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Karnataka State Road Transport Corporation Vs. Bellappa - Court Judgment

LegalCrystal Citation
CourtKarnataka High Court
Decided On
Case NumberM.F.A.No. 6222 of 2012 c/w M.F.A.Nos. 6225 & 6226 of 2012 (MV)
Judge
AppellantKarnataka State Road Transport Corporation
RespondentBellappa
Excerpt:
.....amounts to contravention of section 128 of the act, it does not amount to negligent act on part of deceased rider riding vehicle, if it is demonstrated lost control of vehicle, he was not able to balance vehicle or because of such contravention he dashed against vehicle which resulted in accident, then question of extent of breach of duty resulted in negligence would be analyzed police documents placed on record was considered to be reliable evidence which were prepared in discharge of their official duty and in process of investigation, in absence of any motive being attributed even assuming that injured was pillion itself would not disentitle claimant from claiming compensation document on which much emphasis is placed by appellant-corporation cannot be considered as gospel..........the bike is in violation of motor vehicles act, 1988 ( the act for short) and the central motor vehicle rules ( cmv rules for short). placing reliance on ex.r1, medico-legal record, wherein the history is entered as patient was a pillion rider in a two wheeler triple ride which was hit by ksrtc bus contends that this crucial evidence was lost sight off by the tribunal. rw-1, the driver of the bus had deposed that the accident in question caused only due to the negligence of the rider of the motorcycle viz., the minor boy. the vehicle being driven by a minor boy, who had no driving licence would itself be suffice to hold that the accident was on account of negligence of the rider of the bike. the vital evidence placed on record by the appellant-corporation was overlooked by the.....
Judgment:

(Prayer: This M.F.A. is filed under Section 173(1) of MV Act against the judgment and award dated 14.03.2012 passed in MVC No.106/2011 on the file of the District Judge, Member, MACT, Chamarajanagar, awarding a compensation of Rs.3,20,800/- with interest @ 6% P.A. pendete-Lite and future interest till Realization.)

1. Since these matters arise out of same accident and against common Judgment, the same are heard together and disposed of by this common Judgment.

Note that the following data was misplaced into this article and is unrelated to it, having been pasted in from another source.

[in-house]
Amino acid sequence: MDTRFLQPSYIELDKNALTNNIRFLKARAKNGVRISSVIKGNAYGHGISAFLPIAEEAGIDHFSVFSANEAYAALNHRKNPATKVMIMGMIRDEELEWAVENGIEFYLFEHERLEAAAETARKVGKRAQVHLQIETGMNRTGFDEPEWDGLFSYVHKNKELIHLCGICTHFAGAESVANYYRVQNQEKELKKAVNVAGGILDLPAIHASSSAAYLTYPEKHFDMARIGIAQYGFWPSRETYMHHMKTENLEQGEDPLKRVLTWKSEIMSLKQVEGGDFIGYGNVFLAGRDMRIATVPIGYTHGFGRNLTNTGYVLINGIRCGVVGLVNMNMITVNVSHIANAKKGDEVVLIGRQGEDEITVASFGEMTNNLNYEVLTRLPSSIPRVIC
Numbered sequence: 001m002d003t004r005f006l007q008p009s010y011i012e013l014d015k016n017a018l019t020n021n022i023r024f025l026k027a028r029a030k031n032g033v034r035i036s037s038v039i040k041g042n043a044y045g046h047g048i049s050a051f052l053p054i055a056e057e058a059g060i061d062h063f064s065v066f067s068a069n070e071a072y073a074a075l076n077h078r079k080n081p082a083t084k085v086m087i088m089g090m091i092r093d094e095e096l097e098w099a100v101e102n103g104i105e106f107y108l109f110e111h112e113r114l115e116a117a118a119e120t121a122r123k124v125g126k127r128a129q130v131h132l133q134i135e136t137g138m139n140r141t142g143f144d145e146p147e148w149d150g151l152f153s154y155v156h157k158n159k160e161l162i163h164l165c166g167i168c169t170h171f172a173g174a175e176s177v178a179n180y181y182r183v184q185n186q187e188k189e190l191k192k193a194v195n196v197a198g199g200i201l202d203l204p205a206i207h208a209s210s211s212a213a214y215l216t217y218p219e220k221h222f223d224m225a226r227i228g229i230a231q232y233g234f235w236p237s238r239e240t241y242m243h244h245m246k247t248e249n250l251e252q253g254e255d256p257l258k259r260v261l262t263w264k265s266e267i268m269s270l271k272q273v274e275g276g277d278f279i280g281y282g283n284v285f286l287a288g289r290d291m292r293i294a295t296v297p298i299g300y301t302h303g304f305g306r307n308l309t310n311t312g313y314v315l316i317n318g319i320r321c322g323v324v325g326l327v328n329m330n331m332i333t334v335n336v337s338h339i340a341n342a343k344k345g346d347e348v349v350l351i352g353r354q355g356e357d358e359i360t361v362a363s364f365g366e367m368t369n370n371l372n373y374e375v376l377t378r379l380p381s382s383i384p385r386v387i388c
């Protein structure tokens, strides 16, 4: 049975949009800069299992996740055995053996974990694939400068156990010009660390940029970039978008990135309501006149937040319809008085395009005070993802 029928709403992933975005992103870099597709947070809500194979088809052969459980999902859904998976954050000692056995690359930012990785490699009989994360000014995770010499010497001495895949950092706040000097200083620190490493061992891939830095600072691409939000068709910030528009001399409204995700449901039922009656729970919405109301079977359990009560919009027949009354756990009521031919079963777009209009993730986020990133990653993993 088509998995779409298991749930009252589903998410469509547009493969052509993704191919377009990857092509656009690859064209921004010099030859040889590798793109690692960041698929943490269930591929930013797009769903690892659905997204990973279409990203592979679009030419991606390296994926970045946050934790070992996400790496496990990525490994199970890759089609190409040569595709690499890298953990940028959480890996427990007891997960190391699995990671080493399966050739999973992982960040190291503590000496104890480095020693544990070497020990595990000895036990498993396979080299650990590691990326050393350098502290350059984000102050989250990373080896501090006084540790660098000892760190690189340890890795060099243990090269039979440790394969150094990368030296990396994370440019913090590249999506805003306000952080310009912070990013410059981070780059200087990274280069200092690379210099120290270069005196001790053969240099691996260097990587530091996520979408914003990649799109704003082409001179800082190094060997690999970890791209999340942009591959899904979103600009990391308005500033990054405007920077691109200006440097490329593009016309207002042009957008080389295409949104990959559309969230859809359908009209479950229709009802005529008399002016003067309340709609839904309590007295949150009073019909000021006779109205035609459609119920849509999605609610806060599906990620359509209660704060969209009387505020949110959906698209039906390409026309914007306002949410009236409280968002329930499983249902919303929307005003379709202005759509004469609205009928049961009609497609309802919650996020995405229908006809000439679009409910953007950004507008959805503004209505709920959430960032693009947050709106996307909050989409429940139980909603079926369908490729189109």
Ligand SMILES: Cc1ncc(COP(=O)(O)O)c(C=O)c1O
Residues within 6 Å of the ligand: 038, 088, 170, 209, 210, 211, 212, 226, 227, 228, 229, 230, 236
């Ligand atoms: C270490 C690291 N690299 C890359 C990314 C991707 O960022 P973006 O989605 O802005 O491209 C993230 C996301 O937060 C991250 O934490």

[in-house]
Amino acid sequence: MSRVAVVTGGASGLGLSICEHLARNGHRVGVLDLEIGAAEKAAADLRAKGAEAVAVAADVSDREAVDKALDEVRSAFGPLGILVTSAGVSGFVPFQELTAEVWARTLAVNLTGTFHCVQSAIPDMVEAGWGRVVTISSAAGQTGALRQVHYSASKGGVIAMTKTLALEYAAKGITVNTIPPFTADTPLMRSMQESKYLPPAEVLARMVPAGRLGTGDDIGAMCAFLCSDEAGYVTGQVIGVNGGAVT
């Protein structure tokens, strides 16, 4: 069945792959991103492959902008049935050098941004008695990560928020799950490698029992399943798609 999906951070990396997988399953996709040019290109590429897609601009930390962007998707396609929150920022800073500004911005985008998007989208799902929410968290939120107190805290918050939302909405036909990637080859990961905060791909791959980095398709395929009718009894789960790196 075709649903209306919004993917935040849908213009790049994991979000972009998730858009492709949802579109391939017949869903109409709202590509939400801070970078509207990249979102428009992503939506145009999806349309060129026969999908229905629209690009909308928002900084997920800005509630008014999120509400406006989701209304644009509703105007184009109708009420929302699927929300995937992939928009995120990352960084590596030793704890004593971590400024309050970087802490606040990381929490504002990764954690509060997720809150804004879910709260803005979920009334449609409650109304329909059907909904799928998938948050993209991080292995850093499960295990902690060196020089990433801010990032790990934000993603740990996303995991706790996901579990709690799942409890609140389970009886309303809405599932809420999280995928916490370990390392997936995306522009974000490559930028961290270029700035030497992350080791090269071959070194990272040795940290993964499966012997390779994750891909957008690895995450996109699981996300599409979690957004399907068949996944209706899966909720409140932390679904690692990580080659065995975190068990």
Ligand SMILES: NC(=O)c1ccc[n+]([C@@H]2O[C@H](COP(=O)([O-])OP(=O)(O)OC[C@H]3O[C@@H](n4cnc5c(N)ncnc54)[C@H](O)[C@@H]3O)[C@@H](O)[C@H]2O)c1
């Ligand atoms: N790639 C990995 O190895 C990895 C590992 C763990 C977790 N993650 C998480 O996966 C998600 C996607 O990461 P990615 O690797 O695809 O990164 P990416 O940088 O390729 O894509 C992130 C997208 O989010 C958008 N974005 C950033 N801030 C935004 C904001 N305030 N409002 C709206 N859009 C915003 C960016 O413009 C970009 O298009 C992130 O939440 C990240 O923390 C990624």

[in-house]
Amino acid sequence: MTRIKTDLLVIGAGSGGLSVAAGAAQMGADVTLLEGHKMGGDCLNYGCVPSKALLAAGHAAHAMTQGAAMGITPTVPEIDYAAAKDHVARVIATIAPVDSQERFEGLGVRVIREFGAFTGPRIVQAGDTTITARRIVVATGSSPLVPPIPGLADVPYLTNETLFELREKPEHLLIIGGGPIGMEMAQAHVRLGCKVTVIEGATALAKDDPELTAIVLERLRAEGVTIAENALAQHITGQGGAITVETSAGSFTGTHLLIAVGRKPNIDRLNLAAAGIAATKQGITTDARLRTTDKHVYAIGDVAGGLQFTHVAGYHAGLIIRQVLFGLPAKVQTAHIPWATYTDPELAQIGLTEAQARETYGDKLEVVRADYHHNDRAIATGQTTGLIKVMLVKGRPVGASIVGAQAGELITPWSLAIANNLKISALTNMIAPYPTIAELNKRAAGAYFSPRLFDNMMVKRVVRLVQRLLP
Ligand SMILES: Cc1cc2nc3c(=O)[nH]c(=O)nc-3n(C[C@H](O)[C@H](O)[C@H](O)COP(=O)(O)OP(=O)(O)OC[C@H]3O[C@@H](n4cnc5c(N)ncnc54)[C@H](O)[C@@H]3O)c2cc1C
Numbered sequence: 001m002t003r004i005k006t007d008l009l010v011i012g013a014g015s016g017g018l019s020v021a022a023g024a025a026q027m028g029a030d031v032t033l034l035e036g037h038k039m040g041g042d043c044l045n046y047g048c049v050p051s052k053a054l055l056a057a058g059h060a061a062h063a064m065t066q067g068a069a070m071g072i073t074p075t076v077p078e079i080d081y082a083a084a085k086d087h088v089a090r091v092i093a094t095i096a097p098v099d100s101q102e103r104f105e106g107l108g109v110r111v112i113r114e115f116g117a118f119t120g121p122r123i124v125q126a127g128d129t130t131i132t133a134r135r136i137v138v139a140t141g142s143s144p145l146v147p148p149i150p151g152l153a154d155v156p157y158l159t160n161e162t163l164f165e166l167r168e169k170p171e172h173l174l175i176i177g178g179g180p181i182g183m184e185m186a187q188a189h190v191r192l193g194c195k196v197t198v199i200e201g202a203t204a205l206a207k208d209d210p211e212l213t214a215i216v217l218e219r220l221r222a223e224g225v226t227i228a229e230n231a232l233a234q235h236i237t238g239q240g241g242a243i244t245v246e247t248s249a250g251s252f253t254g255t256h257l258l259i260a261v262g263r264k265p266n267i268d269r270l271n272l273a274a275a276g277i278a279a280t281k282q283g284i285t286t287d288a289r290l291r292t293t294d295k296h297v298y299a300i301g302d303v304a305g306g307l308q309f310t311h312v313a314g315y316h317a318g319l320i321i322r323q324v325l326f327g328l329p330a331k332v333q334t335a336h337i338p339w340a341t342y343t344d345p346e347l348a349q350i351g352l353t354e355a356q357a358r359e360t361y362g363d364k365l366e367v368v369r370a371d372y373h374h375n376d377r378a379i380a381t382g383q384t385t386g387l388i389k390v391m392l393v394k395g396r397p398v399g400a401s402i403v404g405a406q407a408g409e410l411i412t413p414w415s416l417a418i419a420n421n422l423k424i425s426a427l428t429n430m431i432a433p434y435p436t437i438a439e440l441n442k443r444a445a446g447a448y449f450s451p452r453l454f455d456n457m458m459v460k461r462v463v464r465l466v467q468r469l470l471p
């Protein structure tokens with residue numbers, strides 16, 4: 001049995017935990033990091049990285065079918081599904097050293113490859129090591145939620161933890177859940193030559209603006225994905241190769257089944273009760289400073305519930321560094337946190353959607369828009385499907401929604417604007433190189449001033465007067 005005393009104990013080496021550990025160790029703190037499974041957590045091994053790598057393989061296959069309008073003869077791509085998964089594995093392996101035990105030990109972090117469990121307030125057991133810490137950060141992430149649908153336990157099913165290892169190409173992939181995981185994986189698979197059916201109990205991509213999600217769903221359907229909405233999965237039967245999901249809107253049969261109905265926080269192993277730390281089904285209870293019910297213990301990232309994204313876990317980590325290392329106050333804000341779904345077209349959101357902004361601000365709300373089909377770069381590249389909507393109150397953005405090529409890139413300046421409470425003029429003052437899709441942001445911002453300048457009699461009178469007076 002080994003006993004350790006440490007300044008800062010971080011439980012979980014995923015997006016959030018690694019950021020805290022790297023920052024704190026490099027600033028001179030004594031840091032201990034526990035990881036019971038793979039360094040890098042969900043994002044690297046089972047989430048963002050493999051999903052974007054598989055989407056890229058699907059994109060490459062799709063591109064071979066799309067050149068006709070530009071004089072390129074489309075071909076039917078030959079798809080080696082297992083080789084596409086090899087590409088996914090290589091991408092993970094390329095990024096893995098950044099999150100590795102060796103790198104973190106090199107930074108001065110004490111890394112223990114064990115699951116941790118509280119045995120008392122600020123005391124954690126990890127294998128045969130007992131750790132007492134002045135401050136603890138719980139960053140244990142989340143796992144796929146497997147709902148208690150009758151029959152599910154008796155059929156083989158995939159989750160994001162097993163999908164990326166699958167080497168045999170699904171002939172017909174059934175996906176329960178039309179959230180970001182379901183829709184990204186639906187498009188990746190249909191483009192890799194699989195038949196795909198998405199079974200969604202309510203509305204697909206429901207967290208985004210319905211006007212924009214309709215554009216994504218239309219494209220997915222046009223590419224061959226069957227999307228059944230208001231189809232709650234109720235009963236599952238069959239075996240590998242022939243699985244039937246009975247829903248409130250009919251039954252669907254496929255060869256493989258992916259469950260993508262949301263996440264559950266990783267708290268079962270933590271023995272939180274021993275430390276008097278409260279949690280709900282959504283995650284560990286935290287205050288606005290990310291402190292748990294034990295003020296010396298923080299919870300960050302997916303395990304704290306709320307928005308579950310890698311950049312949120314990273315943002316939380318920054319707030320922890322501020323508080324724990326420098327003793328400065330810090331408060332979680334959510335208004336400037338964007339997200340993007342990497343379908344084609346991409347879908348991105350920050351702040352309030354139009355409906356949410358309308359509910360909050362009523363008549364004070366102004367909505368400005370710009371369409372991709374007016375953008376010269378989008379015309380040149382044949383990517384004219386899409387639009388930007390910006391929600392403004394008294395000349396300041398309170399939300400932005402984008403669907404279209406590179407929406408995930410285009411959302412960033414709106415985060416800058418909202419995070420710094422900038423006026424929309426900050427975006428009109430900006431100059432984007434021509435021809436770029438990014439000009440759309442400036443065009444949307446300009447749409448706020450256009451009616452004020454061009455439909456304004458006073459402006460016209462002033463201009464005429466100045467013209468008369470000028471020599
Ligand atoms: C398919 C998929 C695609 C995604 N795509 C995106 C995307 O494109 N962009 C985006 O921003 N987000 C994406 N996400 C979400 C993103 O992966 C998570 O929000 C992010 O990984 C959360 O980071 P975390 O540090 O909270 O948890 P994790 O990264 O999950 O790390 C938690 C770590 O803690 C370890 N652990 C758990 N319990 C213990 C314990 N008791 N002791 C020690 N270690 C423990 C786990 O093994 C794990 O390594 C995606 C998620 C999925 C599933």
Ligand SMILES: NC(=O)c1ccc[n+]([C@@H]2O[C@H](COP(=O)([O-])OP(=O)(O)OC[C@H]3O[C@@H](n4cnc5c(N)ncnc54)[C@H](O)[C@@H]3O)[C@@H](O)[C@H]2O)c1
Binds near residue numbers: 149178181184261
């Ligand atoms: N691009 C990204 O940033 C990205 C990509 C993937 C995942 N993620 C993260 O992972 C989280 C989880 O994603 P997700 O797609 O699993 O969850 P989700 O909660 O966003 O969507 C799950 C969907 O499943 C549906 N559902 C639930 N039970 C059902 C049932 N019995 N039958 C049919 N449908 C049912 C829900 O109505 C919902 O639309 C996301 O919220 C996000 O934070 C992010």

2. These matters arise against the Judgment and award passed by the Motor Accident Claims Tribunal, Chamarajanagar, ( Tribunal for short) in MVC 106, 107 and 108 of 2011.

3. Facts in brief are that the injured/claimant filed a petition before the Tribunal contending that on 01.05.2011, while he was riding his motorcycle bearing registration No.KA-02/Q-1807 along with his wife deceased Jayamma and son deceased Mahadevamurthy met with road traffic accident owing to the actionable negligence of the driver of KSRTC bus bearing registration No.KA-09/F-3989, as a result of which the claimant sustained injuries and his wife and son succumbed to the fatal injuries. The Corporation-appellant contested the matter. The Tribunal after appreciating the evidence on record awarded compensation as under:

MVC No.106/2011 Rs.3,20,800/-

MVC No.107/2011 Rs.13,444/-

MVC No.108/2011 Rs.4,02,910/-

Interest at the rate of 6% p.a. was awarded on the compensation amount. Being aggrieved, the corporation is in appeal challenging the liability.

4. Smt. H.R. Renuka, learned counsel appearing for the appellant assailing the impugned Judgment and award, interalia contends that the motorcycle involved in the accident was driven by a minor boy, who had no driving licence to drive the vehicle; It is an admitted fact that three persons were travelling in the bike at the time of the accident, two pillion riders travelling on the bike is in violation of Motor Vehicles Act, 1988 ( the Act for short) and the Central Motor Vehicle Rules ( CMV Rules for short). Placing reliance on Ex.R1, medico-legal record, wherein the history is entered as patient was a pillion rider in a two wheeler triple ride which was hit by KSRTC bus contends that this crucial evidence was lost sight off by the Tribunal. RW-1, the driver of the bus had deposed that the accident in question caused only due to the negligence of the rider of the motorcycle viz., the minor boy. The vehicle being driven by a minor boy, who had no driving licence would itself be suffice to hold that the accident was on account of negligence of the rider of the bike. The vital evidence placed on record by the appellant-Corporation was overlooked by the Tribunal. In support of her contentions, the learned counsel placed reliance on the Judgment of the Hon ble Apex Court in the case of NWKRTC v- Gourabai and others in Civil Appeal No.3171/2009 DD 1.5.2009.